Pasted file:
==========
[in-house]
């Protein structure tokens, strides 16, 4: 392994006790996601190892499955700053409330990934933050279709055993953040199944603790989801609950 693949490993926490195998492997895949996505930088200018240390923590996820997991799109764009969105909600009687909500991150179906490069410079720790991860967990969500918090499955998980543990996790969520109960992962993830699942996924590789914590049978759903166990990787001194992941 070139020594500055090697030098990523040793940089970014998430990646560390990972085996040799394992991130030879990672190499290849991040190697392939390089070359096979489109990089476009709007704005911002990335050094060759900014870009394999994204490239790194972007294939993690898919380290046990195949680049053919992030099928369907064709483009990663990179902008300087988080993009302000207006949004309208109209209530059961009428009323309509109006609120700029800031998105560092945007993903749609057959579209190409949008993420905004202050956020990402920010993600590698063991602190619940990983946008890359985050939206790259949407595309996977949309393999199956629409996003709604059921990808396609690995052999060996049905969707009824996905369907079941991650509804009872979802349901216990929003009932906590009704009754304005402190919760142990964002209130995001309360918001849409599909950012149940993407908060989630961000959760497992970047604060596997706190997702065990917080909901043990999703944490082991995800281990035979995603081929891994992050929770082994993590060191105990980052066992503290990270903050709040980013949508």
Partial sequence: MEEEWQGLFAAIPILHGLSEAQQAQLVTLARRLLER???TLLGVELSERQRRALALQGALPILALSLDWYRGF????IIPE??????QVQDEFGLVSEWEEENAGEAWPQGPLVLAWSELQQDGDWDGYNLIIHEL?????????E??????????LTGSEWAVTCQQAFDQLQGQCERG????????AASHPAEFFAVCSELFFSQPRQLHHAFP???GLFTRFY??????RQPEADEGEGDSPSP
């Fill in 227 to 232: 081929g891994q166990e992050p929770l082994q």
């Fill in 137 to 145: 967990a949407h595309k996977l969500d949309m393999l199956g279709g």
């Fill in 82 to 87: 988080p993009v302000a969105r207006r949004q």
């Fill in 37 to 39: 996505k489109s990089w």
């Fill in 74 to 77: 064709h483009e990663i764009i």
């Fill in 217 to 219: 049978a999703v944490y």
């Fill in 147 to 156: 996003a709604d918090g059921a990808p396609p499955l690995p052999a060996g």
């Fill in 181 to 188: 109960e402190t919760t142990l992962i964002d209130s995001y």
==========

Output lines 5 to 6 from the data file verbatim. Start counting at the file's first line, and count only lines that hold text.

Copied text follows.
């Fill in 137 to 145: 967990a949407h595309k996977l969500d949309m393999l199956g279709g």
């Fill in 82 to 87: 988080p993009v302000a969105r207006r949004q």